It’s no secret that leaving the secluded cow pastures of Storrs, Connecticut for the grit and grime of the working world will be a difficult transition, and figuring out where your life will go is certainly no small task. As the economy continues to change and adapt, finding your place in the working world can seem overwhelming. Everyone wants to be happy and enjoy their job, but everyone also wants to make money.
While we all hope to have a perfect plan post-graduation, this is not always the case. That is not necessarily a bad thing, as the path we take to find our dream job may be longer but still lead to the success we so desire. Three UConn alumni are examples of how you can utilize your undergraduate education and experiences to put yourself on this path to success.
In a panel discussion hosted by the UConn Reads Committee in collaboration with UConn Alumni Relations and the Center for Career Development, three UConn alumni shared their experiences in the working world post-Storrs in various green jobs. Moderator Mary Donegan, assistant professor-in-residence of urban and community studies at UConn, was joined by panelists Benjamin Breslau ’18 (CLAS), Eugenia Gibbons ’02 (CLAS) and Nick Addamo ‘14 (CLAS).
All three individuals, though working in vastly different sectors of the economy, work under the umbrella of environment focused careers. The panelists shared their own experiences to offer insight and guidance to students interested in environment related careers that includes much more than you may think.
Gibbons is the Massachusetts Director of Climate Policy at Health Care Without Harm, an international organization that seeks to work with the healthcare industry to reduce their environmental footprint and run as a sustainable field.
“For me,” Gibbons said, “I always knew that I really wanted to be deeply engaged in policy making, even when I was at UConn and was really thinking about sustainability and women empowerment in particular through economic investment. I knew policy was what peaked my interest and could be a real driver for change.”
“I always knew that I really wanted to be deeply engaged in policy making, even when I was at UConn and was really thinking about sustainability and women empowerment in particular through economic investment. I knew policy was what peaked my interest and could be a real driver for change.”Eugenia Gibbons, UConn Class of 2002 Graduate
The path Gibbons followed to come to turn this passion into a career, however, consisted of time spent abroad in China followed by years in environmental consulting and graduate work at Tufts University. Today, Gibbons works to implement climate justice in the healthcare field and develop solutions to aid disparities in the healthcare field tied to environmental crises.
Addamo is a transportation planner for Kimley-Horn of DC, a private urban planning corporation that examines and develops solutions to the challenges faced in 21st century cities, with Addamo’s particular area of expertise being in urban transportation.
“My work is really rewarding for many reasons,” Addamo said. “But I think among the most rewarding is getting to work on designing and building our cities and transportation networks to improve and expand sustainable ways of getting around, like walking, biking, taking public transit.”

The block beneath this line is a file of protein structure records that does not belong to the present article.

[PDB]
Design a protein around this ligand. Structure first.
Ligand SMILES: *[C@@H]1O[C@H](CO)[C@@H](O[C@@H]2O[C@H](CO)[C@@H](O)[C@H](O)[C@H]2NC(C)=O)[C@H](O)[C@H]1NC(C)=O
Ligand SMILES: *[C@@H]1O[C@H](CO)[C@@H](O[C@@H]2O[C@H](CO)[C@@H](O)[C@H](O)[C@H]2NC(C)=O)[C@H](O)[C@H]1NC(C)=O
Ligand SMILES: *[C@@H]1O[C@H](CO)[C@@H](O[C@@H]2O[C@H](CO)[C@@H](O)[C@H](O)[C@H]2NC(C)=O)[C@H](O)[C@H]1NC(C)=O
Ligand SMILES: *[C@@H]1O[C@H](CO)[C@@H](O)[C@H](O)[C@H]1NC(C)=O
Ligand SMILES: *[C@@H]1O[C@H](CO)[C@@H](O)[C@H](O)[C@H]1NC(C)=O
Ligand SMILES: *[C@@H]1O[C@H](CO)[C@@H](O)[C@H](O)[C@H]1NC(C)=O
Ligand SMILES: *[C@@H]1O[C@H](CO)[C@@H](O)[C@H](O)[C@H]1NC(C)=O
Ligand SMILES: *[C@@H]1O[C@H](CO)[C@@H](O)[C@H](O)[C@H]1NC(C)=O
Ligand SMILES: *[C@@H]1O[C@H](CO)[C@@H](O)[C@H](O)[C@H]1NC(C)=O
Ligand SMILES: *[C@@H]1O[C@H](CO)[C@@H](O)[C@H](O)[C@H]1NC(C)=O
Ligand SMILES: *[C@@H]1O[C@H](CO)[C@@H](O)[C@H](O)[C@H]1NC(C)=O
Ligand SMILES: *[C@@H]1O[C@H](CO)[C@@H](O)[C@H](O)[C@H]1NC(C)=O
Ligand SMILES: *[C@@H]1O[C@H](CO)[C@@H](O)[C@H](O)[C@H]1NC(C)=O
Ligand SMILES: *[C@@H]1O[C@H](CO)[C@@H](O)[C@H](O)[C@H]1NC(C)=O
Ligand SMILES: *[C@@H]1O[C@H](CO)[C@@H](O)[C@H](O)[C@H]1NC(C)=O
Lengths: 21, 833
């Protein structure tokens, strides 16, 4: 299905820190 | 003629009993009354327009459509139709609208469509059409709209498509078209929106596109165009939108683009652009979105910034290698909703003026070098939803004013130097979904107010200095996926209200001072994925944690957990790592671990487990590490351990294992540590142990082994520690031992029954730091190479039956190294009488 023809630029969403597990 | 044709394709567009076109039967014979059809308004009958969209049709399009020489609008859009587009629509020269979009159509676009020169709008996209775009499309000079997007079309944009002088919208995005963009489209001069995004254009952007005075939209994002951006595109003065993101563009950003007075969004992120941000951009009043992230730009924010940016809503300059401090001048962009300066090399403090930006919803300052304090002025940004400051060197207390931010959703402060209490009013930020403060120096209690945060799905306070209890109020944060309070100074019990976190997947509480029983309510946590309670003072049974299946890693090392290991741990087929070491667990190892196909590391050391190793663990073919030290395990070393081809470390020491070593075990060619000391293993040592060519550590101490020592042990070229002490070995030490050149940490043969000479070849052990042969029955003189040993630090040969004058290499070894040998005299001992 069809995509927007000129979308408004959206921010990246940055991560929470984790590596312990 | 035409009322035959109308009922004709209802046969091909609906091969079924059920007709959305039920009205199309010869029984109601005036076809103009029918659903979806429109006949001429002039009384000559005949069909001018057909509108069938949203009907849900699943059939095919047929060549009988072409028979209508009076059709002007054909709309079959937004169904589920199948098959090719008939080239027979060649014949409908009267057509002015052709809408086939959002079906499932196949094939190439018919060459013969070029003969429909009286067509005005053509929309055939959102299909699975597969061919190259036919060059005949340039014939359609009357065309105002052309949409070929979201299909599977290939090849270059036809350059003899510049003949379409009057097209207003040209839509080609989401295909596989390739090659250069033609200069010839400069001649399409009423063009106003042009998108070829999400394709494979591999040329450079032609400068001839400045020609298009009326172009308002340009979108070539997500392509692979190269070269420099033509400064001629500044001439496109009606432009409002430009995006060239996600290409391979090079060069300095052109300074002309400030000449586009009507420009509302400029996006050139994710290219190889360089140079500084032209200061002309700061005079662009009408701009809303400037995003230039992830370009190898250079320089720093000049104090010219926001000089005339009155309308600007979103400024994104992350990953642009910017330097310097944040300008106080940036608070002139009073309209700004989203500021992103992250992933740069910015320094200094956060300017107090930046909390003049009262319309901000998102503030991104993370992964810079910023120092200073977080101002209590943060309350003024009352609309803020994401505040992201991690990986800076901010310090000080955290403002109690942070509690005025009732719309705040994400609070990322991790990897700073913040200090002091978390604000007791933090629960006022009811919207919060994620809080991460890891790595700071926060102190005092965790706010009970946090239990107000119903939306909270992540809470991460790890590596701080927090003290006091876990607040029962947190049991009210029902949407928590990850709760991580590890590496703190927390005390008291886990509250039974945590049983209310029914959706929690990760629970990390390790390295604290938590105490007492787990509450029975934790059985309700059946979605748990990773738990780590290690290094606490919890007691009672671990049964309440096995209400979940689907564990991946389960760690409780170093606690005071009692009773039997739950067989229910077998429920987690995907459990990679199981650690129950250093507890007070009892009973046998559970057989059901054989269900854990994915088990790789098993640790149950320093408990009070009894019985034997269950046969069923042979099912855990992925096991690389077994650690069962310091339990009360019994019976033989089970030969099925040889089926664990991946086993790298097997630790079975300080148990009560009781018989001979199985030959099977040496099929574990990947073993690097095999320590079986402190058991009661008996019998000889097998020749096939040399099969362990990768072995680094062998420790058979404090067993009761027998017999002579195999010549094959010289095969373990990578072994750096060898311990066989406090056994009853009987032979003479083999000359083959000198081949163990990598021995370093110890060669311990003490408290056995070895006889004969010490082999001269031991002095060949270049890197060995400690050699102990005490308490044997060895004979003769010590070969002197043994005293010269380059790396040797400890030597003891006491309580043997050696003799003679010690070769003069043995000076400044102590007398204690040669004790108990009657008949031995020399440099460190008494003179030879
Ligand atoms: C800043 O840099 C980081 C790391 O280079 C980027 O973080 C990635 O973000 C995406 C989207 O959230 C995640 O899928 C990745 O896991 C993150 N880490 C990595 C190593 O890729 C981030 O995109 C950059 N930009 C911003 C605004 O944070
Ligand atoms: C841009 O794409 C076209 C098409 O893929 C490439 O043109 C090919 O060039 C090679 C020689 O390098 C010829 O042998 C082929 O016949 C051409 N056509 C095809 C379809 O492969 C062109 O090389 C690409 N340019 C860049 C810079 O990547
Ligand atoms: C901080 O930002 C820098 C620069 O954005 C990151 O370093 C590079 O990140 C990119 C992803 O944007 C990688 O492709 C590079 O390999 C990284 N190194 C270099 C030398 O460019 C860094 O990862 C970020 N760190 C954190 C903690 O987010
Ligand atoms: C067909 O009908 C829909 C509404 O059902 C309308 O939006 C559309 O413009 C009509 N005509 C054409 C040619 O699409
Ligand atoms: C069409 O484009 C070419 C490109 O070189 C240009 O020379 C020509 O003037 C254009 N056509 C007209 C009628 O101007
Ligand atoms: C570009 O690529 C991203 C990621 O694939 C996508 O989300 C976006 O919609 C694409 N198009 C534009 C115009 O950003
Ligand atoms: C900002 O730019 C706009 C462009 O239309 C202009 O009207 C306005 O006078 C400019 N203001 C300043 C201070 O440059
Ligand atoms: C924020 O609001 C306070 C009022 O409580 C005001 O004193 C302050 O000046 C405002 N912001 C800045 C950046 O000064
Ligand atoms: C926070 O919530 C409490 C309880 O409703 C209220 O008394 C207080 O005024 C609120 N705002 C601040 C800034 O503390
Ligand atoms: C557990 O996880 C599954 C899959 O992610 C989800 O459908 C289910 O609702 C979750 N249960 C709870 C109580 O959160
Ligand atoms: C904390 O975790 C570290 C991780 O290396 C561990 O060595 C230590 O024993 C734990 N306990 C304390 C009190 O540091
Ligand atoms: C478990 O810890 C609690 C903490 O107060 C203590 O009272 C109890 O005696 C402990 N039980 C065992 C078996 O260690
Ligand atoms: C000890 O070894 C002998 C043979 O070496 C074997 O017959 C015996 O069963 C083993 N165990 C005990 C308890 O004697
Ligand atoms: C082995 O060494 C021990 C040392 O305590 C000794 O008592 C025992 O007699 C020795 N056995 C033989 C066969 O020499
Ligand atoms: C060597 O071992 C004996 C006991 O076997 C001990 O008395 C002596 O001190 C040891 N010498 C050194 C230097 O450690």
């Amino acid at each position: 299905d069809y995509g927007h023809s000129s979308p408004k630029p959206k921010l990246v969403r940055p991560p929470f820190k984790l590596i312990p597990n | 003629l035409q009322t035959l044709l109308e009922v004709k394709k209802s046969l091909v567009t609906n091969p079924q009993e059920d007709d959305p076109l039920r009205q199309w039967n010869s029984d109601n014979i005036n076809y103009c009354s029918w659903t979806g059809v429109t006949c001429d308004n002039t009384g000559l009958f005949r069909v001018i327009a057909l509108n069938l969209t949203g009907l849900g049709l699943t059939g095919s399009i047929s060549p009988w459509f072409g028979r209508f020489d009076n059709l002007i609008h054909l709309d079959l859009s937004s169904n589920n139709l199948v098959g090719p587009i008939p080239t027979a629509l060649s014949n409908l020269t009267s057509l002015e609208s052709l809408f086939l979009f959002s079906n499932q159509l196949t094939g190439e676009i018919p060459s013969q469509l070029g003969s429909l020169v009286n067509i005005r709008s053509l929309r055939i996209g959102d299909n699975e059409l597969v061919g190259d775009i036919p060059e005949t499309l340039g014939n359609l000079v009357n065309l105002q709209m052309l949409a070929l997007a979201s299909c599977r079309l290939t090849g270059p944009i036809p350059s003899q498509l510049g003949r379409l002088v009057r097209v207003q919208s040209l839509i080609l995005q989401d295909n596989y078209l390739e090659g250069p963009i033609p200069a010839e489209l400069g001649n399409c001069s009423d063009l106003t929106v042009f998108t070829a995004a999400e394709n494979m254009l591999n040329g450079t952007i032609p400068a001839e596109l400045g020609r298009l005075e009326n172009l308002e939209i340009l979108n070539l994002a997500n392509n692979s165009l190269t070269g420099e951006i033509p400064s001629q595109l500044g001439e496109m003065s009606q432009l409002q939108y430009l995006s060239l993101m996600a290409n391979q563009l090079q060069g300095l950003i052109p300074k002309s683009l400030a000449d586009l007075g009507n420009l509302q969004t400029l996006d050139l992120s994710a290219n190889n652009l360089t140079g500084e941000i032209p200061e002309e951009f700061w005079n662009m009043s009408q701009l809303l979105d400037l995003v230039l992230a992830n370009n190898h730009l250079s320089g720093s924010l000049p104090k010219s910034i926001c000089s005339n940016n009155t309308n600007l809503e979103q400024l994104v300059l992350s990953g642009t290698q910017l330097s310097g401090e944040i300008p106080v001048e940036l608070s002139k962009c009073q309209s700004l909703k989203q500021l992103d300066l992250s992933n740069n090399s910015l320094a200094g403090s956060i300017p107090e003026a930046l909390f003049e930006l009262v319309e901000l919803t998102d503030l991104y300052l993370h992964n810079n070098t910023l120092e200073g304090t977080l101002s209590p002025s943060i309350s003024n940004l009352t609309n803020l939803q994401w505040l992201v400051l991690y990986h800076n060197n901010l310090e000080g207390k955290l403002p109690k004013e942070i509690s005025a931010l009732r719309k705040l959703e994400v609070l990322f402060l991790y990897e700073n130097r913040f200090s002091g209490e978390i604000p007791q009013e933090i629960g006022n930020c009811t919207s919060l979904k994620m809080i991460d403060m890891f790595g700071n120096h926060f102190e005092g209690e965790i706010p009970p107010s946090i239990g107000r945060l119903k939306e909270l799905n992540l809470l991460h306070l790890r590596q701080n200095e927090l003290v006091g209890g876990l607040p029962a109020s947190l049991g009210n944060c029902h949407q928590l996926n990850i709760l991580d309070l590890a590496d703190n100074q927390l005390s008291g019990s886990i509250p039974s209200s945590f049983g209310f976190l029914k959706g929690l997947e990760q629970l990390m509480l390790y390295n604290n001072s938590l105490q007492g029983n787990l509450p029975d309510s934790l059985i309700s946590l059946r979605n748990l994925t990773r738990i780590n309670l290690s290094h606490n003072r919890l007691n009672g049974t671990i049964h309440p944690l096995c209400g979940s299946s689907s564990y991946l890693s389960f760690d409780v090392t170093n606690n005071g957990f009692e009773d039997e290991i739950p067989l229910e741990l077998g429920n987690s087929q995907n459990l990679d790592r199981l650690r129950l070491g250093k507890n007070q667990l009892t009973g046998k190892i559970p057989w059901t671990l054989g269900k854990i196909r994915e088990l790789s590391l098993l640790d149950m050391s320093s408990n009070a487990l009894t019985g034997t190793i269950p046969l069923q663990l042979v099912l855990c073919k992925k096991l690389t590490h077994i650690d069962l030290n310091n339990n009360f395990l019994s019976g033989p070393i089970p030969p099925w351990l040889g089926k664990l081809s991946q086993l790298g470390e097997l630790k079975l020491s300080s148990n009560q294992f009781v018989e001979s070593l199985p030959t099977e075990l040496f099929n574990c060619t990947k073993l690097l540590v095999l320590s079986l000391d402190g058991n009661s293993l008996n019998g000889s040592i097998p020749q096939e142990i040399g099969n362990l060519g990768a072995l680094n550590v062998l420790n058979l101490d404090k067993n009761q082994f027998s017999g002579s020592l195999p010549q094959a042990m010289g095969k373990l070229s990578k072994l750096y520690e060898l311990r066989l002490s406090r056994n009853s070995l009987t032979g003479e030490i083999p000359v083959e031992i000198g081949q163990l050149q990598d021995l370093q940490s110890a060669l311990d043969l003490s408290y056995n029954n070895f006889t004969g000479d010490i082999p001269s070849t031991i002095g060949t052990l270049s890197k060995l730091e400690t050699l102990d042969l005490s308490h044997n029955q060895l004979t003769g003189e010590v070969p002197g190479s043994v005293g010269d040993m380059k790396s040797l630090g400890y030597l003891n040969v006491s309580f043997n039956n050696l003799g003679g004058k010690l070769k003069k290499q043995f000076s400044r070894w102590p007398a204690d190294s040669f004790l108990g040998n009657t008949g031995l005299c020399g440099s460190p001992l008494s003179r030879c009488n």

While it may not seem that working in transportation and urban planning is environment focused, Addamo revealed this is far from true.
“What a lot of people I don’t think know,” Addamo said, “is that in a lot of cities and a lot of states, the transportation sector is the largest or one of the largest contributors to greenhouse gas emissions. Really getting to focus on that physical design and helping to enable more sustainable travel choices is a really great career path if you are interested in green jobs.”
“the transportation sector is the largest or one of the largest contributors to greenhouse gas emissions. Really getting to focus on that physical design and helping to enable more sustainable travel choices is a really great career path if you are interested in green jobs”Nick Addamo, UConn Class of 2014 Graduate
Breslau, also known as ‘Ranger Ben,’ is an environmental education specialist at the John Heinz National Wildlife Refuge at Tinicum, and works with the American Conservation Experience. Breslau’s career takes him directly into nature, bringing the wildlife and the issues that face wildlife to the classrooms of Philadelphia schools.
While all three panelists lamented that many of their favorite aspects of their career have been brought into the less-glamorous virtual mode, they are thoroughly satisfied with the careers they have and the paths that brought them to this point.
In addition to sharing their own experiences, the panelists offered advice to students entering both the green and non-green careers of the job market, though they agreed that their careers were on the rise in a time where climate justice has increased tremendously in national and international conversations.
“Being able to communicate and collaborate will never go out of style and is probably more important than ever in this more digital age where everything is virtual,” Addamo said.
The general consensus was that the ability to effectively communicate through writing was of the utmost importance in the job market, followed basic technical computer skills, experience in problem solving and utilize network connections. While it may be a difficult path to follow, the end always justifies the means when following the career of your dreams.